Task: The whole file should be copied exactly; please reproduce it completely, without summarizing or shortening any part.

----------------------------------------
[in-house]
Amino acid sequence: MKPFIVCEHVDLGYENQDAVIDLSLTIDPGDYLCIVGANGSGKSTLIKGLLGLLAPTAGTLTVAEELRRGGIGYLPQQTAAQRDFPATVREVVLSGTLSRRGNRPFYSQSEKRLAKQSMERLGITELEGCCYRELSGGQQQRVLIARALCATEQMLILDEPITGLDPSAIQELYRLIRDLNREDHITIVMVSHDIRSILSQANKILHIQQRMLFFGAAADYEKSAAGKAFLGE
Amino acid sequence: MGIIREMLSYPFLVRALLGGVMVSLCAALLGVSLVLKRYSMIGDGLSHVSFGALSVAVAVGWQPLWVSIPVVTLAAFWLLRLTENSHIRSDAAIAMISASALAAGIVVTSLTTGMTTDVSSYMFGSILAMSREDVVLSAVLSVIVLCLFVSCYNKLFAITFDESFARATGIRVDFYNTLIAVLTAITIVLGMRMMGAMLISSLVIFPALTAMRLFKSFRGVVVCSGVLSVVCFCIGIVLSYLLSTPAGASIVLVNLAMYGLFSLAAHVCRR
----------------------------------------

[in-house]
Amino acid sequence: MKPFIVCEHVDLGYENQDAVIDLSLTIDPGDYLCIVGANGSGKSTLIKGLLGLLAPTAGTLTVAEELRRGGIGYLPQQTAAQRDFPATVREVVLSGTLSRRGNRPFYSQSEKRLAKQSMERLGITELEGCCYRELSGGQQQRVLIARALCATEQMLILDEPITGLDPSAIQELYRLIRDLNREDHITIVMVSHDIRSILSQANKILHIQQRMLFFGAAADYEKSAAGKAFLGE
Amino acid sequence: MGIIREMLSYPFLVRALLGGVMVSLCAALLGVSLVLKRYSMIGDGLSHVSFGALSVAVAVGWQPLWVSIPVVTLAAFWLLRLTENSHIRSDAAIAMISASALAAGIVVTSLTTGMTTDVSSYMFGSILAMSREDVVLSAVLSVIVLCLFVSCYNKLFAITFDESFARATGIRVDFYNTLIAVLTAITIVLGMRMMGAMLISSLVIFPALTAMRLFKSFRGVVVCSGVLSVVCFCIGIVLSYLLSTPAGASIVLVNLAMYGLFSLAAHVCRR